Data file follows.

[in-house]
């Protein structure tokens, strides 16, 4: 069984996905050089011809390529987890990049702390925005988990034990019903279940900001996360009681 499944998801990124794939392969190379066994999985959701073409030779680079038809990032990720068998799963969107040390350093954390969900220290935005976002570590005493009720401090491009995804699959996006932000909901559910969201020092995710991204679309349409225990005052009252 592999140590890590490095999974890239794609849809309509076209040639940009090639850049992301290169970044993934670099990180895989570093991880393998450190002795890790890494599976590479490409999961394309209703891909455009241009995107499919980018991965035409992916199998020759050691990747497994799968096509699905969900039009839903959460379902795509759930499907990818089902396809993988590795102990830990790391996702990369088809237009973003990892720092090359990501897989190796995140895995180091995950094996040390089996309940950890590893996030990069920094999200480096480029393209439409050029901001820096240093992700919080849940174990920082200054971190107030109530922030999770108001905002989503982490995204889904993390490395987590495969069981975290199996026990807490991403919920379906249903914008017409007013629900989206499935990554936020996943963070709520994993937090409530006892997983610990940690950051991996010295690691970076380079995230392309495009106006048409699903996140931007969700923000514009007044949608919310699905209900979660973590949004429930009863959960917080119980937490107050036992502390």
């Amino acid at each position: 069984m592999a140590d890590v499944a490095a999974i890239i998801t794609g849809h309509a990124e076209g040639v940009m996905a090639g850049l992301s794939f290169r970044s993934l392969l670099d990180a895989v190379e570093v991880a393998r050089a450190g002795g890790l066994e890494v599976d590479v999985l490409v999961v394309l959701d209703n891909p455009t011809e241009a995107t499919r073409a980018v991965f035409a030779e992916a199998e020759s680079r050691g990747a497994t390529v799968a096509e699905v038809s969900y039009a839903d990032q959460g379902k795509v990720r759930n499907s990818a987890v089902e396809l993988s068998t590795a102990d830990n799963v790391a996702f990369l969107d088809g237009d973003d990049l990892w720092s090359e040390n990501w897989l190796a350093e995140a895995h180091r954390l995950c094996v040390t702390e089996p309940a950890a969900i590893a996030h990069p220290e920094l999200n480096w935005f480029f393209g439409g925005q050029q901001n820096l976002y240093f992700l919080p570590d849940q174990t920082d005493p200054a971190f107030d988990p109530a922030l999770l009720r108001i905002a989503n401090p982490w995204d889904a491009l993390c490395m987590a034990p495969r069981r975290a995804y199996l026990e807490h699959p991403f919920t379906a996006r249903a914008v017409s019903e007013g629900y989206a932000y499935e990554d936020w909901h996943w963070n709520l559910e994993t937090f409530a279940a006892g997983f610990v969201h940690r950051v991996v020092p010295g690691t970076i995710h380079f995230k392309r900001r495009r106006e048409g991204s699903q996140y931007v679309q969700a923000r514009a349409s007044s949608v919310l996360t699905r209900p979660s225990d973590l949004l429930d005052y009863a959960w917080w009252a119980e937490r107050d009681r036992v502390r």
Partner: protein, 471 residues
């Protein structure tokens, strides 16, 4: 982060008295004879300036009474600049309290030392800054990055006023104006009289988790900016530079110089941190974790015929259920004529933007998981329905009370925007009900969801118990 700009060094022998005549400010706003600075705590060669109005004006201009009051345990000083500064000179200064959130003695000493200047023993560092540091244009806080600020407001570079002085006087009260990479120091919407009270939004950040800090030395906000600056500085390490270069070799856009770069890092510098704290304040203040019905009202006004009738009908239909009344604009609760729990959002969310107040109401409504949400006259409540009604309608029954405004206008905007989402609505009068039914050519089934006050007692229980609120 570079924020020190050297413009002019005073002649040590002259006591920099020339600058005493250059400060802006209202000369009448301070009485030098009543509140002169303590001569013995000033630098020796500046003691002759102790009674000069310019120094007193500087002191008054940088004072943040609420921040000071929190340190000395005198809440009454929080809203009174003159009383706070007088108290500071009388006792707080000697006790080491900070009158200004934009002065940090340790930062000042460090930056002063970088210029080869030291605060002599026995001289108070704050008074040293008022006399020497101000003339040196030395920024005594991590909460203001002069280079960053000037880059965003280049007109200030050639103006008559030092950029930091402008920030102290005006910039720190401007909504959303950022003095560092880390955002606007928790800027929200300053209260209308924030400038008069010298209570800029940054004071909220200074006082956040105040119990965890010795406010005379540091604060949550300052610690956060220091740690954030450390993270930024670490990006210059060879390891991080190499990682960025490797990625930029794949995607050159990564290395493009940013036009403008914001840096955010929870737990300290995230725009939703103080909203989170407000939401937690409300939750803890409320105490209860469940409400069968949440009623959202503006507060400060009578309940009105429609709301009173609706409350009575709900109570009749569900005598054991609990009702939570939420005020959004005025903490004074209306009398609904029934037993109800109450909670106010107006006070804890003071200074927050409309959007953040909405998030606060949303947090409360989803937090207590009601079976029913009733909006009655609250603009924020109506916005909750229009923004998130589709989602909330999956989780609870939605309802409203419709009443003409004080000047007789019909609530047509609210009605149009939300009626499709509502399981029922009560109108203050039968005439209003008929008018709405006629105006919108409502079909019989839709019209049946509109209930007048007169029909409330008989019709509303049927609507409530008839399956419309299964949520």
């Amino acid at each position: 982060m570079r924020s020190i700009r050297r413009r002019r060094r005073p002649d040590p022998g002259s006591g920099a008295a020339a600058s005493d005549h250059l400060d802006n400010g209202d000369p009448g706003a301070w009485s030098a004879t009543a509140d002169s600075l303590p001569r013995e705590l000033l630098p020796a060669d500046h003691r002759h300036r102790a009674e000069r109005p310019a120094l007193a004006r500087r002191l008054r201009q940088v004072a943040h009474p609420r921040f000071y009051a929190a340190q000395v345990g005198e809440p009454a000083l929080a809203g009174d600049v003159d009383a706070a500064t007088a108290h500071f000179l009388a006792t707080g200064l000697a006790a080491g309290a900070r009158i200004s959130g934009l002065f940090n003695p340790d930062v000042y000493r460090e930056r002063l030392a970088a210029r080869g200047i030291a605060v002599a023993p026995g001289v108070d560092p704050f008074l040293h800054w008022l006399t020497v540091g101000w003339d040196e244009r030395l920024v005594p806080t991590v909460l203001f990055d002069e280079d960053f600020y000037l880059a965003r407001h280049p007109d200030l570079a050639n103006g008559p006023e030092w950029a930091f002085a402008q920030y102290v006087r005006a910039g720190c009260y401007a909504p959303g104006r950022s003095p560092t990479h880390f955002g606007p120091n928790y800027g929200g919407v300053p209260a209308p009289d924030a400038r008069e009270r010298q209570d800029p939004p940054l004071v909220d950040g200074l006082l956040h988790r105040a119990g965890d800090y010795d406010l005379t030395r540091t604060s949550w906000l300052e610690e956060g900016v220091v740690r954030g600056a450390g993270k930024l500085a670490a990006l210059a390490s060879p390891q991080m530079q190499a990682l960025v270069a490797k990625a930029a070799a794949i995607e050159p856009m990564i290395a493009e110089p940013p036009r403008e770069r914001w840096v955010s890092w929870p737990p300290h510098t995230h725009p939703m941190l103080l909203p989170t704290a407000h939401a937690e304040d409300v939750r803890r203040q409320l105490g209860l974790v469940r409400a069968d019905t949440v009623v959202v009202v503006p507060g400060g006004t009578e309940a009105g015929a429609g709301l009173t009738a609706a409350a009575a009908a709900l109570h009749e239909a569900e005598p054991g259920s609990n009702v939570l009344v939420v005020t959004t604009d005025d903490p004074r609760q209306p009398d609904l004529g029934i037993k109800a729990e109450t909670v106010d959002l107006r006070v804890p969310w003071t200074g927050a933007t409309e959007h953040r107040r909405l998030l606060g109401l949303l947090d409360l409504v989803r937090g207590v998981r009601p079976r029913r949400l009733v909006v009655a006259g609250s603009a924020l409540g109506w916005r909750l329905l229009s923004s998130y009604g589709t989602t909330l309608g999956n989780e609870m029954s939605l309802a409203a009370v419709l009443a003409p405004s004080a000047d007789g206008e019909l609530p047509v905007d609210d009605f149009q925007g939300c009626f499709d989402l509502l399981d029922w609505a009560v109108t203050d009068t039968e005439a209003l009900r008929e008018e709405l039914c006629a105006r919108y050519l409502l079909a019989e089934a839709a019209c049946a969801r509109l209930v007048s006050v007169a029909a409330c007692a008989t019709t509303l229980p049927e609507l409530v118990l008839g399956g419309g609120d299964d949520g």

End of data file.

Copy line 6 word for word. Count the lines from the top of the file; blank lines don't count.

């Amino acid at each position: 982060m570079r924020s020190i700009r050297r413009r002019r060094r005073p002649d040590p022998g002259s006591g920099a008295a020339a600058s005493d005549h250059l400060d802006n400010g209202d000369p009448g706003a301070w009485s030098a004879t009543a509140d002169s600075l303590p001569r013995e705590l000033l630098p020796a060669d500046h003691r002759h300036r102790a009674e000069r109005p310019a120094l007193a004006r500087r002191l008054r201009q940088v004072a943040h009474p609420r921040f000071y009051a929190a340190q000395v345990g005198e809440p009454a000083l929080a809203g009174d600049v003159d009383a706070a500064t007088a108290h500071f000179l009388a006792t707080g200064l000697a006790a080491g309290a900070r009158i200004s959130g934009l002065f940090n003695p340790d930062v000042y000493r460090e930056r002063l030392a970088a210029r080869g200047i030291a605060v002599a023993p026995g001289v108070d560092p704050f008074l040293h800054w008022l006399t020497v540091g101000w003339d040196e244009r030395l920024v005594p806080t991590v909460l203001f990055d002069e280079d960053f600020y000037l880059a965003r407001h280049p007109d200030l570079a050639n103006g008559p006023e030092w950029a930091f002085a402008q920030y102290v006087r005006a910039g720190c009260y401007a909504p959303g104006r950022s003095p560092t990479h880390f955002g606007p120091n928790y800027g929200g919407v300053p209260a209308p009289d924030a400038r008069e009270r010298q209570d800029p939004p940054l004071v909220d950040g200074l006082l956040h988790r105040a119990g965890d800090y010795d406010l005379t030395r540091t604060s949550w906000l300052e610690e956060g900016v220091v740690r954030g600056a450390g993270k930024l500085a670490a990006l210059a390490s060879p390891q991080m530079q190499a990682l960025v270069a490797k990625a930029a070799a794949i995607e050159p856009m990564i290395a493009e110089p940013p036009r403008e770069r914001w840096v955010s890092w929870p737990p300290h510098t995230h725009p939703m941190l103080l909203p989170t704290a407000h939401a937690e304040d409300v939750r803890r203040q409320l105490g209860l974790v469940r409400a069968d019905t949440v009623v959202v009202v503006p507060g400060g006004t009578e309940a009105g015929a429609g709301l009173t009738a609706a409350a009575a009908a709900l109570h009749e239909a569900e005598p054991g259920s609990n009702v939570l009344v939420v005020t959004t604009d005025d903490p004074r609760q209306p009398d609904l004529g029934i037993k109800a729990e109450t909670v106010d959002l107006r006070v804890p969310w003071t200074g927050a933007t409309e959007h953040r107040r909405l998030l606060g109401l949303l947090d409360l409504v989803r937090g207590v998981r009601p079976r029913r949400l009733v909006v009655a006259g609250s603009a924020l409540g109506w916005r909750l329905l229009s923004s998130y009604g589709t989602t909330l309608g999956n989780e609870m029954s939605l309802a409203a009370v419709l009443a003409p405004s004080a000047d007789g206008e019909l609530p047509v905007d609210d009605f149009q925007g939300c009626f499709d989402l509502l399981d029922w609505a009560v109108t203050d009068t039968e005439a209003l009900r008929e008018e709405l039914c006629a105006r919108y050519l409502l079909a019989e089934a839709a019209c049946a969801r509109l209930v007048s006050v007169a029909a409330c007692a008989t019709t509303l229980p049927e609507l409530v118990l008839g399956g419309g609120d299964d949520g």